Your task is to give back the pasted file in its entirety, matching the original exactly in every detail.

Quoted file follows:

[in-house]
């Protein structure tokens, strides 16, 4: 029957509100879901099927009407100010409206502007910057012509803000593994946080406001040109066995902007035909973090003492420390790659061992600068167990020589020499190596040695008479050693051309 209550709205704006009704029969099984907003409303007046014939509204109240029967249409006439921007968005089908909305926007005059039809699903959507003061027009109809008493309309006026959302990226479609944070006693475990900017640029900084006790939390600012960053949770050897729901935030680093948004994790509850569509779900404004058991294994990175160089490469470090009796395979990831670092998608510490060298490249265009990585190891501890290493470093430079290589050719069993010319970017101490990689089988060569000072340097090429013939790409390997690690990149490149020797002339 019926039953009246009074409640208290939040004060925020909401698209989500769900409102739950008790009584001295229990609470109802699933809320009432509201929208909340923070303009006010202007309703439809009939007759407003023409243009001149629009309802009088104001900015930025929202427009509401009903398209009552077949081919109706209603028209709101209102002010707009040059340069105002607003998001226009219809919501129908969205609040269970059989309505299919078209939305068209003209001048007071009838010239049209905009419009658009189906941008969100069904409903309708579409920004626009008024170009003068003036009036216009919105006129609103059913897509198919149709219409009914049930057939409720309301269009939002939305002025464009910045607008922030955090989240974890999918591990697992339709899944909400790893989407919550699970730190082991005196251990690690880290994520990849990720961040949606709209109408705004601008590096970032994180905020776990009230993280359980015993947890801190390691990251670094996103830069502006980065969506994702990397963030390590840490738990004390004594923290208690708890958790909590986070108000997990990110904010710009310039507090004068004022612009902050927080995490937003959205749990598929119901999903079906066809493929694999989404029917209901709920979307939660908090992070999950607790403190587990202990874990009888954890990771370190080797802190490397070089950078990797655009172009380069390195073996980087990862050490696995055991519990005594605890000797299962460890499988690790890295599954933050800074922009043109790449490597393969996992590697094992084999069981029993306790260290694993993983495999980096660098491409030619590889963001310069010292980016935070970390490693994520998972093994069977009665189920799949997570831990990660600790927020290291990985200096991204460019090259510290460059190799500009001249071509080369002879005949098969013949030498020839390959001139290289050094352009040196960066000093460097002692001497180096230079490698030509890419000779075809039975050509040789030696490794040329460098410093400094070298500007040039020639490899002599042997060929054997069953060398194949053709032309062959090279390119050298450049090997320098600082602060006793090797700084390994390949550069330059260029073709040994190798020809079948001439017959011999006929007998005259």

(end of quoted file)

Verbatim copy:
[in-house]
């Protein structure tokens, strides 16, 4: 029957509100879901099927009407100010409206502007910057012509803000593994946080406001040109066995902007035909973090003492420390790659061992600068167990020589020499190596040695008479050693051309 209550709205704006009704029969099984907003409303007046014939509204109240029967249409006439921007968005089908909305926007005059039809699903959507003061027009109809008493309309006026959302990226479609944070006693475990900017640029900084006790939390600012960053949770050897729901935030680093948004994790509850569509779900404004058991294994990175160089490469470090009796395979990831670092998608510490060298490249265009990585190891501890290493470093430079290589050719069993010319970017101490990689089988060569000072340097090429013939790409390997690690990149490149020797002339 019926039953009246009074409640208290939040004060925020909401698209989500769900409102739950008790009584001295229990609470109802699933809320009432509201929208909340923070303009006010202007309703439809009939007759407003023409243009001149629009309802009088104001900015930025929202427009509401009903398209009552077949081919109706209603028209709101209102002010707009040059340069105002607003998001226009219809919501129908969205609040269970059989309505299919078209939305068209003209001048007071009838010239049209905009419009658009189906941008969100069904409903309708579409920004626009008024170009003068003036009036216009919105006129609103059913897509198919149709219409009914049930057939409720309301269009939002939305002025464009910045607008922030955090989240974890999918591990697992339709899944909400790893989407919550699970730190082991005196251990690690880290994520990849990720961040949606709209109408705004601008590096970032994180905020776990009230993280359980015993947890801190390691990251670094996103830069502006980065969506994702990397963030390590840490738990004390004594923290208690708890958790909590986070108000997990990110904010710009310039507090004068004022612009902050927080995490937003959205749990598929119901999903079906066809493929694999989404029917209901709920979307939660908090992070999950607790403190587990202990874990009888954890990771370190080797802190490397070089950078990797655009172009380069390195073996980087990862050490696995055991519990005594605890000797299962460890499988690790890295599954933050800074922009043109790449490597393969996992590697094992084999069981029993306790260290694993993983495999980096660098491409030619590889963001310069010292980016935070970390490693994520998972093994069977009665189920799949997570831990990660600790927020290291990985200096991204460019090259510290460059190799500009001249071509080369002879005949098969013949030498020839390959001139290289050094352009040196960066000093460097002692001497180096230079490698030509890419000779075809039975050509040789030696490794040329460098410093400094070298500007040039020639490899002599042997060929054997069953060398194949053709032309062959090279390119050298450049090997320098600082602060006793090797700084390994390949550069330059260029073709040994190798020809079948001439017959011999006929007998005259």